What he did see that caught his eye, however, was a young woman who seemed to be looking right back at him. It was a different look from the others, as though she had been looking for him. He wasn't sure how much she could see past the eye-holes of his helmet, but they seemed to maintain that gaze for a few seconds longer than typical, perhaps trying to read the other's expression.

Finally, Damon simply nodded once at her, and walked away towards his own table.
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Edric Beaumont



Edric haunted the ruins like a specter, skulking around corners making barely a racket. But his presence, his energy could be felt. The magic that emanated from him. Some theorized that all living creatures were bound by magic in at least some way. The essence, the soul was their tie to the innate magical forces of the universe. The scholars in Brevyon were vocal opponents of such an idea, of course, quick to stamp out any mention of magic. To them it was perverse, unnatural, it's nature feared and misunderstood. Yet for all their ignorance and bigotry, there was at least a nugget of reasoning in their beliefs. Magic was certainly an eldritch force: difficult to control and quite capable of overpowering all but the strongest of sorcerers. It opened up avenues to darkness that could infect the mind and soul, warp the very essence of reality itself, and perhaps even elevate one to godhood.

Yet to those who could touch the Magicka within them, there was a calling, an intrinsic want and desire to commune with it, understand its nature, harness its energy - whether for good or ill.

For some wizards, the Call manifested a different way, with an obsessive thirst for enchanted weapons and relics. Indeed, Edric devoted many years to such a pursuit, plundering countless caves and ruins in search of even the smallest trinkets blessed with arcane energy. Such could be seen on his person, as each step was accompanied by the soft clinking of necklaces, brooches, and rings that adorned his clothes, often inscribed with strange engravings and messages written in languages outside the Common Tongue.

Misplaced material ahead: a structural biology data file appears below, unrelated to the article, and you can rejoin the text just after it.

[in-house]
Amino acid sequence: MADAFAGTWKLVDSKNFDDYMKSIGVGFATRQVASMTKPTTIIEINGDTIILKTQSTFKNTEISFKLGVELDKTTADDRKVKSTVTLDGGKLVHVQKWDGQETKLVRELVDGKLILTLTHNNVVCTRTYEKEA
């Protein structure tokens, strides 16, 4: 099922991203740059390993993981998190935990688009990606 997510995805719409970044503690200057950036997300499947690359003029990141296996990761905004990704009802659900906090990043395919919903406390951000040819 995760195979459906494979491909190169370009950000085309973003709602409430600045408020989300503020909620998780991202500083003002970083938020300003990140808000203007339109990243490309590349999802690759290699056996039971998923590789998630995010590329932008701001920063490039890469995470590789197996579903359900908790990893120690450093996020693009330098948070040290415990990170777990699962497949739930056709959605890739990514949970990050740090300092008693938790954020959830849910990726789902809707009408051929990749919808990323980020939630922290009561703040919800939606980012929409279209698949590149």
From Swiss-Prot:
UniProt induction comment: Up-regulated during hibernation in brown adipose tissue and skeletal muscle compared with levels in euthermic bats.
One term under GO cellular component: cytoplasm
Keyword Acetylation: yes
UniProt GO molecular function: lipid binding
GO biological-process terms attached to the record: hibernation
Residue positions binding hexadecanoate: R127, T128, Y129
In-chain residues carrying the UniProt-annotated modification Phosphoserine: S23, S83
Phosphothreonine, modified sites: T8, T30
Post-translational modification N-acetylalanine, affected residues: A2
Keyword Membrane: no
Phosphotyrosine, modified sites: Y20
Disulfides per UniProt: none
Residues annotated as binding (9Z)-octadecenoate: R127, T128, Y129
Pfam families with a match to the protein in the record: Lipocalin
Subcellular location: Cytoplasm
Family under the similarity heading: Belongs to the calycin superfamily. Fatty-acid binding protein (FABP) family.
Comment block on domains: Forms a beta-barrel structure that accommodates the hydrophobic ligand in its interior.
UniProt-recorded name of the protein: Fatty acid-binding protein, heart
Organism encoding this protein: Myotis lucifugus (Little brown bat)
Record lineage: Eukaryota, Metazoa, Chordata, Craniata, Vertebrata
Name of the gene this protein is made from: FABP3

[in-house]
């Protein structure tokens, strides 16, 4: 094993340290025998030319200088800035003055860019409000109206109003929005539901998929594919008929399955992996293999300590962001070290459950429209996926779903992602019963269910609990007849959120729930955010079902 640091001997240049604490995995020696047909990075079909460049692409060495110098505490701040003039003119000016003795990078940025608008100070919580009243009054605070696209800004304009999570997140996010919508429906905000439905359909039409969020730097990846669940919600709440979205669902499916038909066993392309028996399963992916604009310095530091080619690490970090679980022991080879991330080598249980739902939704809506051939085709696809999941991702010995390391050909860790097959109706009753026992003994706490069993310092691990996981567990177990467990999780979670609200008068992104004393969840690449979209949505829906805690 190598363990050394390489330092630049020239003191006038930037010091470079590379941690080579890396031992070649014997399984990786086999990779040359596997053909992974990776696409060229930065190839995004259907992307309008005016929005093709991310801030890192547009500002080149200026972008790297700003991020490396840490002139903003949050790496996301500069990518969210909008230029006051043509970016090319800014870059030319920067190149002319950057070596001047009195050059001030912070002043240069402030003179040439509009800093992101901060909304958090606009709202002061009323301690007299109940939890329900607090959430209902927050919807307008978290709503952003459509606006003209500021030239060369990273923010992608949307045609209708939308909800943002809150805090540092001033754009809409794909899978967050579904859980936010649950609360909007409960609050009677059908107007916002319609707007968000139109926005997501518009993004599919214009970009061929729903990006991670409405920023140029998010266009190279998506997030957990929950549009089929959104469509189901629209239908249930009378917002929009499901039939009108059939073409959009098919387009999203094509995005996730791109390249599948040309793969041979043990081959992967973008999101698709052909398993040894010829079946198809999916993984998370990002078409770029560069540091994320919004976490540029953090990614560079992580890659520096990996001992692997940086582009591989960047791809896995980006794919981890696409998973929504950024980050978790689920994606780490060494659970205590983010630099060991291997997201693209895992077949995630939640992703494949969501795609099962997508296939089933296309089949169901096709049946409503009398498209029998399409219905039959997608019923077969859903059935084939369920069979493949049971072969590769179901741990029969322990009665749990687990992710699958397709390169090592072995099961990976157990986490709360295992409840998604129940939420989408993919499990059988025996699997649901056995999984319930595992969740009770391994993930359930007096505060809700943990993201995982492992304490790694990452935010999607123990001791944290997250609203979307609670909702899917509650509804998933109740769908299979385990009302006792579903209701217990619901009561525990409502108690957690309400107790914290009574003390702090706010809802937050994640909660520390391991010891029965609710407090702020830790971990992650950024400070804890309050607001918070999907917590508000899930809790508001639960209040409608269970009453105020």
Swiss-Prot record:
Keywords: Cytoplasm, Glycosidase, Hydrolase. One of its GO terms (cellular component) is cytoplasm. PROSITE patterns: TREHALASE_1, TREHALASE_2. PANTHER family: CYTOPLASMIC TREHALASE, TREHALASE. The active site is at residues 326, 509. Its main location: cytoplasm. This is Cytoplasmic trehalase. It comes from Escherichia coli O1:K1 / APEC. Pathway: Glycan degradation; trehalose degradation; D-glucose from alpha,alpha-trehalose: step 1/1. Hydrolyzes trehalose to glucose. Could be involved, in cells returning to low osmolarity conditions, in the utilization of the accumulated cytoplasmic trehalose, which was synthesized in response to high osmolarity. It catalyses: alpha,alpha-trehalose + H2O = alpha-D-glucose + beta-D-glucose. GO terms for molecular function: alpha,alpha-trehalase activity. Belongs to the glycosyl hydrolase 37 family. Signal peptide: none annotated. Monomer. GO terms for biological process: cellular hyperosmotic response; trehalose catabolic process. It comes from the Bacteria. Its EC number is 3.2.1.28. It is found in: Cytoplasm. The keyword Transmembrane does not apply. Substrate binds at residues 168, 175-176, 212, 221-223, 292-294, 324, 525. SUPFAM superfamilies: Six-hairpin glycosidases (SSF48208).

The sky had darkened over the hour-or-two he had been exploring, with smell of storm's approach on the horizon. Such didn't bother him, he'd weathered rain and hail before. But what caught his attention was the presence of another wandering into his discovery. He could sense the crackle on the air, the metallic sweetness of magic. The Wolf had sensed it first, uttering a low growl in its throat as a warning to its partner.

Edric nodded once, scratching the wolf's head in thanks, smoky wisps of fur coalescing around his discolored fingertips. Stepping out to see the stranger proper, Edric was, for a moment, taken aback. An Elf: or at least one who looked like an elf. A head taller than he and thin as a rail, with fair complexion and hair like melted gold.

"You look out of place, friend." Edric said aloud, in a tone that was, perhaps meant to be joking. "Brevyon's not particular for either of us-- certainly less-so for one of the Fair Folk."
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Sloan "Rowen" Warrington


Rowen had ordered a drink and sat herself down amidst a good many people, hoping to catch any information before she had to start digging for it herself. She was good at finding things out, and she was no stranger to inquiring about things that could be touchy. However there was a reluctance and weariness in her to have to coerce people into talking. Besides, it seemed as though her hunter had a reputation from all that she had heard, and the last thing that she wanted was to get herself into trouble by asking one wrong question.

The longer she sat the more she heard. None of it seemed to be what she needed though. There was enough to keep her mildly entertained and stall her from her inquisition. There was a lot of talk about the wall, the things that people had seen on the other side, and stories of things that had gotten through before. Creatures she had only heard of before were mentioned, described in exaggerated ways, and there were things that she had never heard of before that she could only take the word of the people for.

She had gotten another drink and just started on it when the place seemed to die. Looking up she saw that a man had walked in. Immediately she knew that this was who she had been searching for. The silence was broken by the woman doing her best to get him to leave, only affirming what she knew already by calling him 'hunter'. She must have been staring, because when he began to walk towards a table he nodded in her direction. Even after realizing she still couldn't look away. For the first time in a while it felt like she was potentially getting closer to finding her sister, even if it was just a fleeting feeling.